“Whether Australia in general wins or loses depends on how much bigger the Australian economy grows as a result of the extra investment,” he says. “Treasury modelling is saying you are going to recoup about half of it, but it could quite easily be 20 or 30 per cent plus or minus that.”
A hard sell
It is no surprise that governments are keen to talk up the potential for wages to rise on the back of corporate tax cuts, and to claim that they will effectively pay for themselves in stronger economic growth.
The idea that investors, many of them foreign, should get a hefty tax break in return for uncertain and delayed gains would be a hard sell at any time, but particularly so when budgets are constrained and wages are stagnant.
The Trump administration, which will have to win congressional approval for its tax plan, argues that the massive cost of its proposed corporate tax cut will be covered by a sustained increase in economic activity.
Though the claim has been dismissed as “fanciful” by The Economist, the cut is part of a package of reforms that in aggregate could boost US corporate tax collections.
America’s labyrinthine tax laws are riddled with loopholes and exemptions that mean the effective tax rate is more like 20 to 25 per cent, well below the nominal 35 per cent rate. The system is further distorted by arcane rules that discourage companies from repatriating profits (it is estimated they have up to US$2.5 trillion stashed abroad) and encourage them to adopt exotic legal structures and take on debt rather than raise equity.
US Treasury Secretary Steve Mnuchin wants to reform the system, including allowing company profits to be taxed by the country where they are earned and offering a one-off tax rate (rumoured to be set at 10 per cent) on repatriated profits in order to lure much of this money back home. Some estimate the change could tip an extra US$250 billion into federal government coffers.
Unfortunately for the Australian Government, it does not have a similar pot of potential revenue to draw upon to help pay for its corporate tax cuts.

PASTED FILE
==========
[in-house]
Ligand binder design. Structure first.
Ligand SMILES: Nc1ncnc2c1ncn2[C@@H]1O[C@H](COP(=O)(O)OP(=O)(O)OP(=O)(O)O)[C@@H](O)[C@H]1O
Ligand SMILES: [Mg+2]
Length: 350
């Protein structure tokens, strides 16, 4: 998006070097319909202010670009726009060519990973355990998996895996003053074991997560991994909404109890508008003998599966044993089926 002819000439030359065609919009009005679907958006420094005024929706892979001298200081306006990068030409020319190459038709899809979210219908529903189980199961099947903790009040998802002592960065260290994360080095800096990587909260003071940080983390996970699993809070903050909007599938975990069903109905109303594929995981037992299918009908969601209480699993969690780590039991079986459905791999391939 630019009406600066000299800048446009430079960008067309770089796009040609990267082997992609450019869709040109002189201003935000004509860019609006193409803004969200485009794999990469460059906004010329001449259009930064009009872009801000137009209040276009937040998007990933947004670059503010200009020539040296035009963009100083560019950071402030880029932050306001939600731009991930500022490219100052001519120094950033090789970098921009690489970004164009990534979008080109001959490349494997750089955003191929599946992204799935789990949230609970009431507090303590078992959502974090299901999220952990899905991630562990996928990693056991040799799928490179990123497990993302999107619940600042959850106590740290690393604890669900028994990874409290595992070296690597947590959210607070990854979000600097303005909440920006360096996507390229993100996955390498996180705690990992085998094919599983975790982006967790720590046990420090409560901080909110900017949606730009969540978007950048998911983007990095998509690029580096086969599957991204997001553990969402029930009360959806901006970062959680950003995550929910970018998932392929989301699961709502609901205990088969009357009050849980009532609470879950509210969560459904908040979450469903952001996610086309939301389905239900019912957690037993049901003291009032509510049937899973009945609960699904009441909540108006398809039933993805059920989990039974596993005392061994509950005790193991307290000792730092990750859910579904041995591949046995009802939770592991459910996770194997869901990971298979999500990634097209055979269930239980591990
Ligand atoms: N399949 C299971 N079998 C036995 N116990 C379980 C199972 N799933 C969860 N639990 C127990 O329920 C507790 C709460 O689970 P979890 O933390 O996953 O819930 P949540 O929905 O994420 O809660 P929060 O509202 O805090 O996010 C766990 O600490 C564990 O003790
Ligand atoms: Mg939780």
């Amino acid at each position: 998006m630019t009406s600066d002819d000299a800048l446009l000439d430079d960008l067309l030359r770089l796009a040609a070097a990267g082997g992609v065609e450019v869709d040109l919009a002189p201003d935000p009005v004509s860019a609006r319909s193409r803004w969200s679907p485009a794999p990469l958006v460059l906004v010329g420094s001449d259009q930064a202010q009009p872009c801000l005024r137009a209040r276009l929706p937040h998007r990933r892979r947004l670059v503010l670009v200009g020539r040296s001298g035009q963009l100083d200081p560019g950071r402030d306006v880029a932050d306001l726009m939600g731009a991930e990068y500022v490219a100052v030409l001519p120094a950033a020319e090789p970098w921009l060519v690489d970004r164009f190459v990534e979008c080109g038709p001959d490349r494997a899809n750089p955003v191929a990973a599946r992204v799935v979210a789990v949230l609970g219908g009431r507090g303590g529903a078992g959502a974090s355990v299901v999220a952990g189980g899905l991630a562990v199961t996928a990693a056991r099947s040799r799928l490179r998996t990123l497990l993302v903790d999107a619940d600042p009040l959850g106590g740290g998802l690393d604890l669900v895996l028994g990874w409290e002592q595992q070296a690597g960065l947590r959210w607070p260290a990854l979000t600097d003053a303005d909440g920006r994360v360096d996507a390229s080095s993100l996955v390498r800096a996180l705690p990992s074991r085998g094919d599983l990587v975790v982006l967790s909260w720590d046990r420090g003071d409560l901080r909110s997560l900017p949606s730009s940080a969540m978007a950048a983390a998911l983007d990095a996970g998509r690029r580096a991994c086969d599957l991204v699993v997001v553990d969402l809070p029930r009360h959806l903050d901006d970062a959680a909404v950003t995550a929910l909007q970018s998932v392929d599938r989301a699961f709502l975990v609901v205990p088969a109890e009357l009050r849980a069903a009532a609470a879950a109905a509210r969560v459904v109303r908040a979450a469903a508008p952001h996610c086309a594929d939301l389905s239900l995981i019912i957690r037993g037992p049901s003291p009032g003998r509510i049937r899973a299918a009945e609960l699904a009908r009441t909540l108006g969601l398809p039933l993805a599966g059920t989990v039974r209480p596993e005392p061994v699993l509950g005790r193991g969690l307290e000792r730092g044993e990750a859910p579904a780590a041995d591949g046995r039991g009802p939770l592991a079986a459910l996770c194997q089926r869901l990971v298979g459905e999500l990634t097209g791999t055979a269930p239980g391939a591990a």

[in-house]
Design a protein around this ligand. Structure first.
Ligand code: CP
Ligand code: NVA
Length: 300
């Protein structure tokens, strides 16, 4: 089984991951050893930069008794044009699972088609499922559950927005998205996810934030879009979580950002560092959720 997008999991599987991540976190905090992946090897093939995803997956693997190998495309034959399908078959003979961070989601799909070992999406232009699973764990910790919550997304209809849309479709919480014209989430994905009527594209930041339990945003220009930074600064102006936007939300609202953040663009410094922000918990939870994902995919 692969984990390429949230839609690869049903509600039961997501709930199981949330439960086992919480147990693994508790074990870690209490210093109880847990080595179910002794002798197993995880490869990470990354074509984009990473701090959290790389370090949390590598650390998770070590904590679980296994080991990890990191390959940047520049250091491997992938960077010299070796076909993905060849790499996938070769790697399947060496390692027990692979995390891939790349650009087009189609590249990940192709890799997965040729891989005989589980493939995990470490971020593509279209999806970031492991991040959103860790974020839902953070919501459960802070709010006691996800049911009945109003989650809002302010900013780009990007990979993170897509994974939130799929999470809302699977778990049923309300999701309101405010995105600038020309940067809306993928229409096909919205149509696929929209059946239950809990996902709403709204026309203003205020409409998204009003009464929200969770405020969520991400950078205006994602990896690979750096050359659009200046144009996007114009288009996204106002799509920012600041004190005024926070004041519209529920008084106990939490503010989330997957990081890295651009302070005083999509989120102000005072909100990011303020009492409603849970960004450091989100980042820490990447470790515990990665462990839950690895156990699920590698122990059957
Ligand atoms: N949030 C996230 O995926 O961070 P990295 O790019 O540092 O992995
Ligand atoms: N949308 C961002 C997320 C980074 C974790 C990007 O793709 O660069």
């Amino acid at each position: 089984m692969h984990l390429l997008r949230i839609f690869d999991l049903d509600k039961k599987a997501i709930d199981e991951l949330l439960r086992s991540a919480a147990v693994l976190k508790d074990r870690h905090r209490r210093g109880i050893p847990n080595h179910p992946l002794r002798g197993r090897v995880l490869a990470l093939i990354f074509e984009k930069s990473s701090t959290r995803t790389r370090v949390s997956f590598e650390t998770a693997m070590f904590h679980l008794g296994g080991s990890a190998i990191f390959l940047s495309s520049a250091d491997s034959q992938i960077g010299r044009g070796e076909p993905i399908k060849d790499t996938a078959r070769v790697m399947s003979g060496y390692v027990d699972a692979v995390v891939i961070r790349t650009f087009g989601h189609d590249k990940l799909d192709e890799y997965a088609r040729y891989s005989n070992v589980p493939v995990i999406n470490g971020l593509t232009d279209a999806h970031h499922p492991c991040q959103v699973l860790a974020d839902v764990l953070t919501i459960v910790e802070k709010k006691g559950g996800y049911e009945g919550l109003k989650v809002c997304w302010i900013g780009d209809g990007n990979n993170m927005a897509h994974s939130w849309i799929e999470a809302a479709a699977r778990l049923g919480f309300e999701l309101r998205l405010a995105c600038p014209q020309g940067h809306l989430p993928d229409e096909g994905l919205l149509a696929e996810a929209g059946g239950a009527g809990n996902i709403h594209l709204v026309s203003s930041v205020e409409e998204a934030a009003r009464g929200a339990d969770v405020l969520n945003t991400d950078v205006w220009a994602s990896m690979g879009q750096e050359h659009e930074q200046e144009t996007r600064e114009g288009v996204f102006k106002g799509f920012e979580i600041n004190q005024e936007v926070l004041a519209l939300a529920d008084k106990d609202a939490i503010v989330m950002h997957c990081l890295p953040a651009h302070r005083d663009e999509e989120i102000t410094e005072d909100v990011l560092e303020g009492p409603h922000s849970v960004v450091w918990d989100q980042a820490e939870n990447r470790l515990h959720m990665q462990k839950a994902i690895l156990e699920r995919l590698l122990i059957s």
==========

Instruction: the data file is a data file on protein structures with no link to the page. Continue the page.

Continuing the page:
Instead, it is banking on increased domestic growth, a stronger global economy and extra taxes and charges on income earners, banks and employers to help offset the cost and put its finances on a path to recovery.
But a soft employment market and slowing wage growth has forced the Australian government to downgrade its anticipated tax take from workers and shoppers. It has trimmed $6.3 billion from its four-year forecast for individual and other withholding tax revenue in its 2017-18 budget, and expects to receive $2.5 billion less from the goods and services tax than it originally thought.
Instead, it predicts in the short-term that corporate tax revenue will pick up on the back of stronger global commodity prices, tipping an extra $6.9 billion into its coffers, while a 0.5 percentage increase in the Medicare levy combined with a levy on the major banks and a charge on businesses employing foreign skilled workers it expected to raise an extra $14.9 billion over four years.
This, in tandem with a swathe of cuts to higher education spending, welfare payments and price cuts for subsidised medicines, is expected to help drive a return to budget surplus in 2020-21, even accounting for the cut in the corporate tax rate to 27.5 per cent.
Some, such as CPA Australia chief executive Alex Malley, have questioned the Government’s forecast for GDP growth to accelerate to 3 per cent by 2018-19, and ANZ Banking Group economist David Plank says that although the budget’s numbers looked plausible, they were “at the optimistic end of what is likely to happen”.
Malley worries that the country is riding its luck on improved international conditions rather than undertaking the difficult reforms that are needed.
“We’re concerned we may be falling back on our ‘lucky country’ mentality and hoping that world growth will be sufficient to see us through,” Malley says. “There are still underlying structural issues in our economy that have not been effectively addressed in this budget.”
He says the government is over-reliant on individual and company income tax revenue, and will eventually have to confront difficult choices regarding the nation’s tax mix.
If the global economy falters again, or corporate tax cuts fail to deliver on hopes for an increase in investment, productivity and wages, that moment may come sooner than it expects.
 https://www.theatlantic.com/business/archive/2017/01/trump-corporate-tax-cut/514148/; “Cutting the tangle”, The Economist, 29 April, pp50-1.
 The Economist estimates the tax cut would cost about 1 per cent of GDP: “Cutting the tangle”, The Economist, 29 April, pp51.
 “Under audit”, The Economist, April 29, p8.